JetBlue’s ‘Wings for Autism’

 

”Wings For Autism’ is a  program developed three years ago by JetBlue airlines to help kids with autism become more familiarize with airport settings.
Here are some highlights from May 4th, 2013 event, at Bob Hope Airport in Burbank, for those who didn’t get a chance to attend. This post can be printed as a PDF and be used as a visual aid or part of a social story to show kids with autism what to expect at the airport.

Jetblue

The airport

Bob Hope Airport is the perfect place to hold the ‘flight drill.’
It is smaller, quieter and easier to navigate than its international counterpart, LAX.

 JetBlue's 'Wings for Autism' AIRPORT BALOONS

The atmosphere at the JetBlue ticket counter was festive –the families were welcomed by colorful balloon columns and excited staff members.

 JetBlue's 'Wings for Autism' WELCOME

By 1:00 PM the first families arrive, present appropriate identification and just like on a real flight receive their boarding passes.

 JetBlue's 'Wings for Autism' STAFF

The TSA checkpoints

After having received the boarding passes the families walk past food venues and shops to the TSA checkpoint.

 JetBlue's 'Wings for Autism' CORRIDOR
 The first family has arrived at the TSA checkpoint.They’re about to find out first-hand that with the right planning; the screening process can be a breeze.
 JetBlue's 'Wings for Autism' SECURITY
The families wait in a small line after which the boarding passes and drivers’ licenses/passports are checked again.
Many larger and busier airports have a separate line for families and passengers with disabilities.

 JetBlue's 'Wings for Autism' QUEUE

Upon arrival at the TSA checkpoint travelers are expected to put, their bags and personal belongings like jackets, belts and shoes in the gray bins.
Electronic devices like laptops or iPads need to be uncovered and placed in a separate container.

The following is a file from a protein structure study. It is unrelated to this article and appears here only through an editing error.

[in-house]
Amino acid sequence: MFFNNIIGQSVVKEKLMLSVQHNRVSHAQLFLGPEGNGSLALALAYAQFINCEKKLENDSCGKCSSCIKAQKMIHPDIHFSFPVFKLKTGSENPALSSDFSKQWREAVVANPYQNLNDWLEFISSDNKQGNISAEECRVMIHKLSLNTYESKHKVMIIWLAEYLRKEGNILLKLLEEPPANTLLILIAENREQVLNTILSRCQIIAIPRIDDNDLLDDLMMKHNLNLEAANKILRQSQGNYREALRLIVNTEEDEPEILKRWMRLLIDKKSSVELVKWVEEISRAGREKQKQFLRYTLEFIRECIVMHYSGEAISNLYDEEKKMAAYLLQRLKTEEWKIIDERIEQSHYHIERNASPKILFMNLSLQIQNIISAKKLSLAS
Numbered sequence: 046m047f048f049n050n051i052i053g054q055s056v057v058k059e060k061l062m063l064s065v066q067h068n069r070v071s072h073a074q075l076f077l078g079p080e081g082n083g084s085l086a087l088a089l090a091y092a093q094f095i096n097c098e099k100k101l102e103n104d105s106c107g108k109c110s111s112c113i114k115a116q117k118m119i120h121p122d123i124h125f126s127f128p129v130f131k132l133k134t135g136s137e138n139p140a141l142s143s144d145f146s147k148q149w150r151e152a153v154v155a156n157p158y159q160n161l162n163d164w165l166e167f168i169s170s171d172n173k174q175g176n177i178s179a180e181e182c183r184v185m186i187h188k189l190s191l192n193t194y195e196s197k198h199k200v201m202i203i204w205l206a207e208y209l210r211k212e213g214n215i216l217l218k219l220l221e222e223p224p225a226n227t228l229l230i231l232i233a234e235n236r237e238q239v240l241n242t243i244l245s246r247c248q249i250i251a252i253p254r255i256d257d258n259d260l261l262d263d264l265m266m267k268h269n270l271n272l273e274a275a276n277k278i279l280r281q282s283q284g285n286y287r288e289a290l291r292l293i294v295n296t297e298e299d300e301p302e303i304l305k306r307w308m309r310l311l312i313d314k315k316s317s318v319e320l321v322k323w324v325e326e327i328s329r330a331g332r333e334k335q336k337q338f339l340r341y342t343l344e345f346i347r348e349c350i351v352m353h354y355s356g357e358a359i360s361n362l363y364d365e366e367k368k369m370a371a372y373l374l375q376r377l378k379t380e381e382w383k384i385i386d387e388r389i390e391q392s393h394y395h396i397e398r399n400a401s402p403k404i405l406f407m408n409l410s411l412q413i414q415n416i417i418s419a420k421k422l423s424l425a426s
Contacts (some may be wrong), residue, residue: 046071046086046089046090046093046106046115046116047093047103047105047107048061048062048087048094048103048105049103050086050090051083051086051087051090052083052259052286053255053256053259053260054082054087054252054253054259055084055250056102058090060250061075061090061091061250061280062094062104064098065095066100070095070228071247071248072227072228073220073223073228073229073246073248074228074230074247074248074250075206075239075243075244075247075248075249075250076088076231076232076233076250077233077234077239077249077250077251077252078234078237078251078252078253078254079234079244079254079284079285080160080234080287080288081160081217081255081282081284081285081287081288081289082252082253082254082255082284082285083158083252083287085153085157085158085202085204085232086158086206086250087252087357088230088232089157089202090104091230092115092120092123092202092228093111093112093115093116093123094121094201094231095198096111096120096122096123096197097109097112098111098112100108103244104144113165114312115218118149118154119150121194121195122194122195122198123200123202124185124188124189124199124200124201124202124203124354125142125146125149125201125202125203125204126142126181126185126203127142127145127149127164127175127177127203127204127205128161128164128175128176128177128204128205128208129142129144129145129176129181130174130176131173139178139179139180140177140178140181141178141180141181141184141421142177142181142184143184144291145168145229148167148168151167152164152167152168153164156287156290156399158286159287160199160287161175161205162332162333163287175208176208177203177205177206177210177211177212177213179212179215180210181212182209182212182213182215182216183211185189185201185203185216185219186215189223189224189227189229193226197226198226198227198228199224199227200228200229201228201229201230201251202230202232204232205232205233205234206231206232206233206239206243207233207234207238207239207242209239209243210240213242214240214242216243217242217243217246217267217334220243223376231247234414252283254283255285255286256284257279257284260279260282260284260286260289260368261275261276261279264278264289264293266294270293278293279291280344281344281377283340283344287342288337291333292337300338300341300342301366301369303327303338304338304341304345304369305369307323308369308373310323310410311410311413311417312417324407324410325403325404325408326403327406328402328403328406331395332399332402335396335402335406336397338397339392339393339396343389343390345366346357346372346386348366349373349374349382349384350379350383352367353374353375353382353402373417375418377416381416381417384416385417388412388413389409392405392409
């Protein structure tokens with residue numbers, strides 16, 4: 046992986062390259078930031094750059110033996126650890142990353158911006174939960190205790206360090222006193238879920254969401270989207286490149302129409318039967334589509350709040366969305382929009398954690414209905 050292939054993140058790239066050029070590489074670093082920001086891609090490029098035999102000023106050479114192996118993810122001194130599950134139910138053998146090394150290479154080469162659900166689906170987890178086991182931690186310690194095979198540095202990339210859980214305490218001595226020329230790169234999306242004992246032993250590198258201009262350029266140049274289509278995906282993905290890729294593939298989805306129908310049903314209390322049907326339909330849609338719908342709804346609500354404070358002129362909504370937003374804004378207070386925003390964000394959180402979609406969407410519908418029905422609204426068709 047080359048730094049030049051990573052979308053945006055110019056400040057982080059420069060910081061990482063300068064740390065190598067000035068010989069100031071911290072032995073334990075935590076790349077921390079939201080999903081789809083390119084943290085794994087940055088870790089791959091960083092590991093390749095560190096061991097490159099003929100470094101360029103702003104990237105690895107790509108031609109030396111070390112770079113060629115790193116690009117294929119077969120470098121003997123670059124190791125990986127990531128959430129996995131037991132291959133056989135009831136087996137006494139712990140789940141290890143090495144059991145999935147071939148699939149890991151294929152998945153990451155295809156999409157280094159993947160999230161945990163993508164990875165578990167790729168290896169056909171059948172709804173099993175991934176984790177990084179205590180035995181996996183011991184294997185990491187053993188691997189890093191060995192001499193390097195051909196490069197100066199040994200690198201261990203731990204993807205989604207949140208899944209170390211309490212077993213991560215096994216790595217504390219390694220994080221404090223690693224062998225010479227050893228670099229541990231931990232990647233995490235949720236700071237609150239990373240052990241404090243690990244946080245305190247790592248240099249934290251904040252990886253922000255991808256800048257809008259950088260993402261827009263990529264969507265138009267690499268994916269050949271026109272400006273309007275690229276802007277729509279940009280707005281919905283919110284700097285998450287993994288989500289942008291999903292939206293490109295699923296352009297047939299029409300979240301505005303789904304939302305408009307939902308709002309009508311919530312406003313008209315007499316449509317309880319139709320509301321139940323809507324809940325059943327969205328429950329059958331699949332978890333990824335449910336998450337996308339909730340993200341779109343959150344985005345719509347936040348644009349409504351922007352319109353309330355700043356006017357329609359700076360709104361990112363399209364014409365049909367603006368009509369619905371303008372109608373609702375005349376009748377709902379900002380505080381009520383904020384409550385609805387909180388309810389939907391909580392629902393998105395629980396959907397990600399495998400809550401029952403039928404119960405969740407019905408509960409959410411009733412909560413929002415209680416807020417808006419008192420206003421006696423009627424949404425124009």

Adults and kids over the age of twelve need to remove their shoes off and put them in the bins.
While the bags are screened,  passengers proceed (barefoot or wearing socks) to pass the scanner.
Passengers who do not wish to go through the scanner can request a pat down instead. 

 JetBlue's 'Wings for Autism' TSA

Parents who want to avoid unnecessary TSA ‘incidents’ should practice the scanning position with their kids at home.
The position includes standing upright, feet 12 inches apart and both arms straight up in the air.

 JetBlue's 'Wings for Autism' SCREENING

At the gate

At the Boarding  Gate, JetBlue, and Burbank, airport surprised the families with a delicious snack buffet that even included Vegetarian and Gluten-Free options.

 JetBlue's 'Wings for Autism' LUNCH
JetBlue's 'Wings for Autism' FOOD

Many parents came well prepared with iPads and other electronic devices to occupy the kids while waiting to board the mock  ‘flight’. 

JetBlue's 'Wings for Autism' GIRL

Most parents used the wait at the boarding gate area to network and meet other parents with children on the autism spectrum as well as grab a quick bite to eat.

The flight attendant checked the passengers boarding passes before they exit the terminal.
Guests were told to keep track of those passes as they were entered into a special raffle at the end of the event.

JetBlue's 'Wings for Autism' TRAVELERS
A few of the kids had to be patiently coaxed by their parents and the flight crew to try the new experience.
JetBlue's 'Wings for Autism' GATE

The flight passengers were all warmly welcomed onboard by the  dedicated airline crew (all of which had volunteered to participate.)

JetBlue's 'Wings for Autism' PLANE

During the ‘mock flight.’


All passengers were given time to familiarize themselves with their new surroundings – press all tempting buttons, watch the screen personal TV as well as look at the view out the aircraft window. The pilot kept the engine running to give the kids with autism a real sense of what the sounds would be like on a regular flight as well as the much-needed air conditioning.

JetBlue's 'Wings for Autism' BABY
The flight attendant announced the flight was ready for taking off, and the safety demonstration ensued.

 

JetBlue's 'Wings for Autism' SAFETY DRILL

 

Before deplaning the kids were in for an unusual treat-visiting a real cockpit and sitting in the copilot chair.

JetBlue's 'Wings for Autism' PILOT
Parked on the tarmac was yet another surprise-a working fire truck, which the participating kids and their siblings could explore.

JetBlue's 'Wings for Autism' TRUCKS

The airline raffled off four tickets at their event flight.All participants received a  ‘Wings-For-Autism’ T-shirt and fun filled goodie bag.

JetBlue's 'Wings for Autism' GIFTS


JetBlue plans to expand the program to several new airports like Long Beach, California and JFK in New York in the next few months.For information contact JetBlue via their web page.

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